I declare under penalty of perjury under the law of Delaware that the foregoing is true and correct, and that I am physically located outside the geographic boundaries of the United States, Puerto Rico, the United States Virgin Islands, and any territory or insular possession subject to the jurisdiction of the United States.

The Delaware Court of Chancery has confirmed that an unsworn declaration under this Act may be used to verify complaints and pleadings filed under Chancery Rule 3(aa).  See Bessenyei v. Vermillion, Inc., C.A. No. 7572-VCN (Del. Ch. Nov. 16, 2012).

Carl D. Neff is a partner with the law firm of Fox Rothschild LLP.  Carl is admitted in the State of Delaware and regularly practices before the Delaware Court of Chancery, with an emphasis on shareholder disputes. You can reach Carl at (302) 622-4272 or at cneff@foxrothschild.com.

In the recent Court of Chancery opinion of Doberstein v. G-P Industries, Inc., C.A. No. 9995-VCP (Del. Ch. Oct. 30, 2015), the Court rejected a claim for piercing the corporate veil.  In analyzing defendant’s motion to dismiss such claim, the Court provided:

To state a veil-piercing claim, the plaintiff must plead facts supporting an inference that the corporation, through its alter-ego, has created a sham entity designed to defraud investors and creditors. Specific facts a court may consider when being asked to disregard the corporate form include: (1) whether the company was adequately capitalized for the undertaking; (2) whether the company was solvent; (3) whether corporate formalities were observed; (4) whether the dominant shareholder siphoned company funds; and (5) whether, in general, the company simply functioned as a facade for the dominant shareholder.

Slip op. at 9 (internal citations and footnotes omitted).

While the Court found that defendant potentially made fraudulent statements pertaining to the underlying substance of the matter, no nexus had been alleged to tie such acts to the “manipulation of the corporate form in order to make veil-piercing justifiable on grounds of equity.”  Accordingly, despite the potential bad faith conduct of the defendant, the Court found that under the above-stated standard, the corporate veil piercing claim was not adequately pled, and thus the count was dismissed.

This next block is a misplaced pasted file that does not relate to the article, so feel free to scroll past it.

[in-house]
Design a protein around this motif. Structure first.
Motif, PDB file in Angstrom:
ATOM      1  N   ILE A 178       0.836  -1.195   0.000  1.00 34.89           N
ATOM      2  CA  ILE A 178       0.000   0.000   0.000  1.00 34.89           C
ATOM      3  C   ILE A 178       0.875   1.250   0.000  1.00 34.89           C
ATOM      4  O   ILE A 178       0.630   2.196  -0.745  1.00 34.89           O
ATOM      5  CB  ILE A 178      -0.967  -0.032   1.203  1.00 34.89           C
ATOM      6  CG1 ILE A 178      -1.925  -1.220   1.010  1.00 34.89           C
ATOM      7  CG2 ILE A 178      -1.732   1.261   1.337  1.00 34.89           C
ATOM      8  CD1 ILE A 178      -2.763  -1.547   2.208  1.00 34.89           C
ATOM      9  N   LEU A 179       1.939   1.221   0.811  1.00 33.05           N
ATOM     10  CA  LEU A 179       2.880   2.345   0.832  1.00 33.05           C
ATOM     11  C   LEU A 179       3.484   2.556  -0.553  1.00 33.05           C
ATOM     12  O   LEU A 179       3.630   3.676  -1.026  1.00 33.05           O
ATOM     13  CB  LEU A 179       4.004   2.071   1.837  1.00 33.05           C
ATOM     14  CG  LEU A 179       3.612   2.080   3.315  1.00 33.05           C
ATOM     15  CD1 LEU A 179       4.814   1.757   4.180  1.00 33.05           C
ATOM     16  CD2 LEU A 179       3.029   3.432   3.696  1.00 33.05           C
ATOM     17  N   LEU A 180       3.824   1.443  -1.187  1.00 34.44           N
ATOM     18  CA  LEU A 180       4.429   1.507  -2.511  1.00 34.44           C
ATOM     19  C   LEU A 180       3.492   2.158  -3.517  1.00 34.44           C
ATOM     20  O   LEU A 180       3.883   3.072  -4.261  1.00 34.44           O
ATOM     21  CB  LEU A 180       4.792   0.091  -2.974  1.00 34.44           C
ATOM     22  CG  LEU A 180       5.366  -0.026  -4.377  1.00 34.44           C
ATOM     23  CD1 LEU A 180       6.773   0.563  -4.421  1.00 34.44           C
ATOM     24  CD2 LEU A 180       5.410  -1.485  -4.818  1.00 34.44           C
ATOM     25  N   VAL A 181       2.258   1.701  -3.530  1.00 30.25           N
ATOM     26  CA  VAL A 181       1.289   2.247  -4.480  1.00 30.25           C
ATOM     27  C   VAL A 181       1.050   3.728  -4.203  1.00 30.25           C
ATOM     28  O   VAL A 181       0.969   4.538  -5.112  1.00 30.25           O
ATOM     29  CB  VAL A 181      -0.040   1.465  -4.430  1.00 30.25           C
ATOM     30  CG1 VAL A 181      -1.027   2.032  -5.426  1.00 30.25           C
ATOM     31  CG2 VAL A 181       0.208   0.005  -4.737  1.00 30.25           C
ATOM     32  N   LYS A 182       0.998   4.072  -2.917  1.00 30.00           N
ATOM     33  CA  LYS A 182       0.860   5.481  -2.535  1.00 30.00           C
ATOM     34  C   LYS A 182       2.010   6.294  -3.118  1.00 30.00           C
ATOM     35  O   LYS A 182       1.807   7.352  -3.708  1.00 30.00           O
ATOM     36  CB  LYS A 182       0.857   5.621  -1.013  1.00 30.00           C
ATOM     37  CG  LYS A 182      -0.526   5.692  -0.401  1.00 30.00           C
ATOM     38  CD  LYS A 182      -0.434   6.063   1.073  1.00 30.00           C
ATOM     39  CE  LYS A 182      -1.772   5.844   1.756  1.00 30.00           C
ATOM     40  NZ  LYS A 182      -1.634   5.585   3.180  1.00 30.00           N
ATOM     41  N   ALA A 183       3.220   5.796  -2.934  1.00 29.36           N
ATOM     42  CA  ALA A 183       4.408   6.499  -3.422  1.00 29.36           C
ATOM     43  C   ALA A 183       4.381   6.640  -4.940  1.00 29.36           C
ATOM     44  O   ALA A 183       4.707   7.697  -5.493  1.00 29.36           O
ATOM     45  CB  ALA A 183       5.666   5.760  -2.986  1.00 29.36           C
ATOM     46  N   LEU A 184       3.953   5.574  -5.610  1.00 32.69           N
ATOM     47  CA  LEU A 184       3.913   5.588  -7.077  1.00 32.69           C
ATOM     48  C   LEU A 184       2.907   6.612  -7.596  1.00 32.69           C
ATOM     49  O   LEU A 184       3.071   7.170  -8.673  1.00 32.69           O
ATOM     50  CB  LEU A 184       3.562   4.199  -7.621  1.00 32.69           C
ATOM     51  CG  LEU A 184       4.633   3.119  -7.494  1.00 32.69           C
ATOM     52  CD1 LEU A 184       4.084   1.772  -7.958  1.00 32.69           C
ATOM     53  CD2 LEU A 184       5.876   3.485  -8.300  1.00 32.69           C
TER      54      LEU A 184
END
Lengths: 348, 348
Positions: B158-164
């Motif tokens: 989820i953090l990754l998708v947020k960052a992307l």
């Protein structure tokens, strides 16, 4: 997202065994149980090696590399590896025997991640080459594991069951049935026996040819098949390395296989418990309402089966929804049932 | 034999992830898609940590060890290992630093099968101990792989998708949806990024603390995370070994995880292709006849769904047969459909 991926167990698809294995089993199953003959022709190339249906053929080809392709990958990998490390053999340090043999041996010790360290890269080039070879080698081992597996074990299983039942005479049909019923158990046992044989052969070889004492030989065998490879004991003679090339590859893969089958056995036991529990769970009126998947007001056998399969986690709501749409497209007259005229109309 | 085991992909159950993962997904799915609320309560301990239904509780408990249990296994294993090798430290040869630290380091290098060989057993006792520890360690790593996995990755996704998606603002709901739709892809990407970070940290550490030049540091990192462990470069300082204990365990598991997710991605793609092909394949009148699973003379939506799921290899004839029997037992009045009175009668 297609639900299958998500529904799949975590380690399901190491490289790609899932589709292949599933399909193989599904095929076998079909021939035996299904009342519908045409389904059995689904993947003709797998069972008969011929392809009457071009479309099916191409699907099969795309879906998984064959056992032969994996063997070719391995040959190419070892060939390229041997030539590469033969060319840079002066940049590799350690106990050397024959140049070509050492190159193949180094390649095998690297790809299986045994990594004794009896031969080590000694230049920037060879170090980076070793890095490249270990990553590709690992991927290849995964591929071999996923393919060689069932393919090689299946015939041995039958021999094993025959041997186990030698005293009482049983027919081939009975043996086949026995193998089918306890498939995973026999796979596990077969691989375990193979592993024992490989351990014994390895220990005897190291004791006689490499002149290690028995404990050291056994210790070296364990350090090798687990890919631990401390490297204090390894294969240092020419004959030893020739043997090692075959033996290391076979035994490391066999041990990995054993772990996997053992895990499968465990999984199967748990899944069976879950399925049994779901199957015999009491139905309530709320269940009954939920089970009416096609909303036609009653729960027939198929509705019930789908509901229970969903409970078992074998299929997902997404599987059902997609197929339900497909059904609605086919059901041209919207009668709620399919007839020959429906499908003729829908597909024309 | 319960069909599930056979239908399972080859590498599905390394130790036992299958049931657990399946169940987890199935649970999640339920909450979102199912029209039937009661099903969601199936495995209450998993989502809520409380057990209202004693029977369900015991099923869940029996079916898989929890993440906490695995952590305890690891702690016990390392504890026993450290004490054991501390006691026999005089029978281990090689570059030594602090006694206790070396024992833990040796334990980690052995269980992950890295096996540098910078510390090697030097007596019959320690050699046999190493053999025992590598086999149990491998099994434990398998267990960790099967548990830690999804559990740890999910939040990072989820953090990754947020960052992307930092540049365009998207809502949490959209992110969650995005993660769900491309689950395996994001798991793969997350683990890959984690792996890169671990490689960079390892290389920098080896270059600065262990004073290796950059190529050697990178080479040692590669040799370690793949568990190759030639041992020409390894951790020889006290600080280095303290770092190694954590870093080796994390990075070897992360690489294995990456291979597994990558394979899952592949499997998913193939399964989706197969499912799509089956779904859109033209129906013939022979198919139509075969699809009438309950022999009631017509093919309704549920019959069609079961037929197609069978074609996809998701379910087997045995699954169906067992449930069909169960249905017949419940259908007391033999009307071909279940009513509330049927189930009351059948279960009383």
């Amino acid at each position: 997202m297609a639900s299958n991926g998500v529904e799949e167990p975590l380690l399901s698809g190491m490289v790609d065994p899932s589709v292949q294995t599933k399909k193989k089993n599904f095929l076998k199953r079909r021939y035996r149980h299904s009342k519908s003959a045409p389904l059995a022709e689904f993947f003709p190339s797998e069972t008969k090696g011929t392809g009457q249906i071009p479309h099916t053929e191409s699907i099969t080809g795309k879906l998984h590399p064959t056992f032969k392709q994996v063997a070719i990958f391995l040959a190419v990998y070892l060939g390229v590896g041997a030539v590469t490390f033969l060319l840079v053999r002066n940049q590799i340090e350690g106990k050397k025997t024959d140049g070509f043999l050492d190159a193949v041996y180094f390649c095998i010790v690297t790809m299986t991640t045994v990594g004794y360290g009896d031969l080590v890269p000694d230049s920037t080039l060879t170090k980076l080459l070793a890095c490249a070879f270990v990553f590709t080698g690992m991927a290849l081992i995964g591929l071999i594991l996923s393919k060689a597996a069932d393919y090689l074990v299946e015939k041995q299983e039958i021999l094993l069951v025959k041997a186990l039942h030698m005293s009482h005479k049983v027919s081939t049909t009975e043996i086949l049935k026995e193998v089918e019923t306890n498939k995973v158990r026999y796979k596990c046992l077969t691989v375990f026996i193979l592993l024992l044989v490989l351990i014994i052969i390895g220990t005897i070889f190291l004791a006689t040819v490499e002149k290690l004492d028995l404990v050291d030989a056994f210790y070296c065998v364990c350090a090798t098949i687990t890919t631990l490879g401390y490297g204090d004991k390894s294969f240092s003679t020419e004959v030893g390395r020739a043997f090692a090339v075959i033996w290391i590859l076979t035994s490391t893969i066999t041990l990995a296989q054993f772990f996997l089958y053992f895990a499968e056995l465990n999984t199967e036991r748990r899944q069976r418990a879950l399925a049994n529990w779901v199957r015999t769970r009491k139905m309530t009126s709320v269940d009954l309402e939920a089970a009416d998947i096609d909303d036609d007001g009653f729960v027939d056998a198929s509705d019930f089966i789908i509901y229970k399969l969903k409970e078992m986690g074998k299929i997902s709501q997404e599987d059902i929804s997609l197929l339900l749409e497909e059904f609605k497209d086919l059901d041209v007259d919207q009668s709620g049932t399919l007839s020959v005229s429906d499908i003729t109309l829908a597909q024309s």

Carl D. Neff is a partner with the law firm of Fox Rothschild LLP.  Carl is admitted in the State of Delaware and regularly practices before the Delaware Court of Chancery, with an emphasis on shareholder disputes. You can reach Carl at (302) 622-4272 or at cneff@foxrothschild.com.

The decision of OptimisCorp. v. Waite, et al., C.A. No. 8773-VCP (Del. Ch. Jan. 28, 2015) is a good read for litigants seeking leave of the Court to amend a complaint.  In this decision, plaintiffs requested leave of the court to plead additional co-conspirators to the alleged conspiracy and to impose liability on defendants on a theory of conspiracy or aiding and abetting.

The Court denied plaintiffs’ request for leave given that plaintiffs waited eleven months after the deadline to amend pleadings to request leave.  In addition, the Court held that plaintiffs “were required to provide Defendants fair notice of the nature and scope of their conspiracy claims during the pre-trial proceedings.” (Slip op. at 28).  The failure of plaintiffs to adequately disclose such facts during discovery proved fatal.

This case is an important decision for any party to a litigation in that it demonstrates the pitfalls that a litigant should avoid in order to adequately prosecute a case and to ensure that all causes of action and related facts are adequately disclosed.

Carl D. Neff is a lawyer with the law firm of Fox Rothschild LLP.  Carl is admitted in the State of Delaware and regularly practices before the Delaware Court of Chancery, with an emphasis on shareholder disputes.  You can reach Carl at (302) 622-4272 or at cneff@foxrothschild.com.

 

In the decision of Mechel Bluestone v. James C. Justice Cos., C.A. No. 9218-VCL (Del. Ch. Dec. 12, 2014), the Court of Chancery adjudicated a motion to compel and a request for sanctions in connection with a deficient privilege log.

As a result of various deficiencies in plaintiffs’ privilege log, the Court held that plaintiffs waived the privilege as it relates to documents not adequately described on the logs.  The Court stated that the preparation of privilege logs should involve “senior lawyers who know the applicable standards” and can make “textured judgment calls on a principled basis.”  Slip op. at 14.

This case is a good reminder that the Court expects attorneys to adequately describe documents on privilege logs, otherwise the privilege may be waived.  In addition, senior attorneys must be involved in the process.  As a further reminder, the Court expects Delaware counsel to discuss with forwarding counsel the expectations of the Court of Chancery.  James v. National Financial LLC, C.A. No. 8931-VCL (Del. Ch. Dec. 5, 2014) (discussed here).